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Gravity Festival Celebrates The Power Of ‘Shared Reading’ From September With An All-Star Line-Up Of Writers

The Liverpool based festival, from UK literary charity The Reader, has announced this year’s line-up.

Gravity Festival
Gravity Festival

This year, Gravity (29 September – 2 October 2022) will explore mental health (and men) with TV drama writer Tony Schumacher; the canon of Black writing from Kadija Sesay; and the novels that help us experience inner life with Jaqueline Roy and Judith Bryan.

The Liverpool based festival, from UK literary charity The Reader, has announced this year’s line-up of online and in-person talks, shared reading groups and discussions around the role of books in navigating present day societal challenges.

Headline speakers include BBC1 ‘The Responder’ writer Tony Schumacher, Bootle-born writer Frank Cottrell-Boyce, Kit de Waal (My Name is Leon), Lissa Evans (Wed Wabbit) Katherine May (Wintering)and Roosevelt Montas (Rescuing Socrates). Writers Ashleigh Nugent, Hannah Azieb Pool, Jacqueline Roy, Judith Bryan, Kadija Sesay and Tomiwa Owolade are also among the latest names added to the Gravity festival line up. 

Highlights include author Tomiwa Owolade, who will be taking part intwo events over the weekend. His non-fiction book This Is Not America (Atlantic Books, 2023), which won the top prize at the RSL Giles St Aubyn Awards, argues that too much of the debate about race in Britain has been viewed through the prism of American experiences and history that don’t reflect the challenges — and achievements — of an increasingly diverse black British population. 

Tomiwa says: “I can’t wait to witness the stimulating readings and discussions on offer. And in our increasingly polarised political and literary climate, I greatly look forward to sharing the work of James Baldwin, a writer of great moral integrity and sophistication.”  

Hannah Chukwu, series editor of Penguin’s Black Britain: Writing Back has curated a festival special featuring top Black British writing:  Whose Stories Matter?  Sierra Leone/British literary activist Kadija Sessay looks at how we decide which books are remembered, taught and celebrated throughout history. (Sat 1 Oct, 1pm online & in person), Mental Health: A Hidden Story authors Jacqueline Roy (The Fat Lady Sings) and Judith Bryan (Bernard and the Cloth Monkey) will discuss how we can use the power of books and reading to change the conversation around mental health for good. (Sat 1 Oct, 3pm online & in person) and The Power of Sharing Your Story – author Hannah Azieb Pool reflects on the unique power of writing your own story, as she shares her extraordinary journey of family, identity, and finding home. (Sat 1 Oct, 4pm online & in person)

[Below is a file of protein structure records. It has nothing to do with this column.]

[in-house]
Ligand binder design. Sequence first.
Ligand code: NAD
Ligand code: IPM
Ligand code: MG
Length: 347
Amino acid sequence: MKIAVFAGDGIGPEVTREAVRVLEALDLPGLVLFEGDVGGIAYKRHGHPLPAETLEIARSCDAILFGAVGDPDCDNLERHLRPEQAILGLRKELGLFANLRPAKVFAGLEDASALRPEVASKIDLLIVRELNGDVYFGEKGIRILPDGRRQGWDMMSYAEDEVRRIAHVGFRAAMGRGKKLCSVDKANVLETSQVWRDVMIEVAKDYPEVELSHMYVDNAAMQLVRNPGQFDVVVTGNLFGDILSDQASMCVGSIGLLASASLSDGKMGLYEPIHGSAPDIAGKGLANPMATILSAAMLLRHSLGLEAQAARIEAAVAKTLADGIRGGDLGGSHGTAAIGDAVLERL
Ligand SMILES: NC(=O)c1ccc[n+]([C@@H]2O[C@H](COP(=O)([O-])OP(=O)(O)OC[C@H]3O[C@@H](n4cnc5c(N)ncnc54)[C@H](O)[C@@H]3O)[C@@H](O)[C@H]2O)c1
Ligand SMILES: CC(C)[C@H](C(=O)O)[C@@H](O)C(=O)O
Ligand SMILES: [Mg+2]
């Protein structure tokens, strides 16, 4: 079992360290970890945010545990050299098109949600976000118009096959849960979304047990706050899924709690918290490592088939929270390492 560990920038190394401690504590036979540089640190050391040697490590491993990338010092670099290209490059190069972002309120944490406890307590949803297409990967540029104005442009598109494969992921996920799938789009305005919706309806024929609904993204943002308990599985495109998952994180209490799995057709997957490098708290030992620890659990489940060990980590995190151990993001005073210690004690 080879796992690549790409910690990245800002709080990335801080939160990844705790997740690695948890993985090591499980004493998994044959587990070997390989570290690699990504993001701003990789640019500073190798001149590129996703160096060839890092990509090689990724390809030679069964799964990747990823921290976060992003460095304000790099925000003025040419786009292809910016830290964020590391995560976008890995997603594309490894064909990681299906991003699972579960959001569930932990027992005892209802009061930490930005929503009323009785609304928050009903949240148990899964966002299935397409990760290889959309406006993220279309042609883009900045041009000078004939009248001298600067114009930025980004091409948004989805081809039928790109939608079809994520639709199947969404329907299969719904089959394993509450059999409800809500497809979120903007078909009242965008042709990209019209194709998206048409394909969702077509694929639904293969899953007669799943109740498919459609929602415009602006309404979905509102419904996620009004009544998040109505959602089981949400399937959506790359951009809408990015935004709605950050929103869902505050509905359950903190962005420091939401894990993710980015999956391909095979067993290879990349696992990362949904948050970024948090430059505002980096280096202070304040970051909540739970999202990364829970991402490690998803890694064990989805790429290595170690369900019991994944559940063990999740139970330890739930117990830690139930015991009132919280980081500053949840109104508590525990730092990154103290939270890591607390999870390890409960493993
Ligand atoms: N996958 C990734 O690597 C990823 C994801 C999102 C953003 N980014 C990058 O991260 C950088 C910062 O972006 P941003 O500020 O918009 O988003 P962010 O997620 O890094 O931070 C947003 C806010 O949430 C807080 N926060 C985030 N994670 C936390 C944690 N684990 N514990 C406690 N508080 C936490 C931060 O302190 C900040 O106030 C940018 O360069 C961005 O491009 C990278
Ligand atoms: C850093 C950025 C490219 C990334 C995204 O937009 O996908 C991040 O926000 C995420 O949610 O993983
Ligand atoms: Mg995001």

Social entrepreneur, Ashleigh Nugent will be talking about his debut novel LOCKS: My Heritage, My Story and the importance of story in his work with prisons and schools, and those at risk of offending. (Sat 1 Oct, 12noon – online & in person) 

Jane Davis, Founder and Director of The Reader, the charity behind the event, said: “The idea for Gravity, a festival where we could talk seriously, discover good things to read and possibly have a laugh along the way, came during conversation with a colleague when we were both going through difficult times. People don’t talk about this kind of thing in public, we said, so let’s do it! “ 

“We hope to welcome many of you to the Mansion House, or online, to meet these and many other great writers, and to talk with gravity and be surprised by joy.” 

Other programme highlights include: 

Reading With Care an online event that looks at the role of Shared Reading – where small groups of people are brought together to experience literature in the moment – in the world of mental health. Panelists include Director of Public Health for Liverpool City Council Matt Ashton and psychoanalyst, Professor of Literary Theory and author of several books, including The Private Life: Why We Remain in the Dark, Josh Cohen. (Fri 30 Sep, 1pm – online) 

A series of intimate Shared Reading workshops running across the weekend where we’ll be reading and reflecting on themes including dealing with the unspoken, understanding troubles in love, being afraid and listening well. All sessions are free, no previous reading experience needed. 

To bring the weekend to a close, Festival goers, in person and online, are invited to join the Poetry Party (Sun 2 Oct, 3.30pm – online & in person) grand finale where they can read a poem aloud that has had a special meaning for them.

Tickets to in-person events range from free to £10, with all online events free of charge to attend.Book online now at


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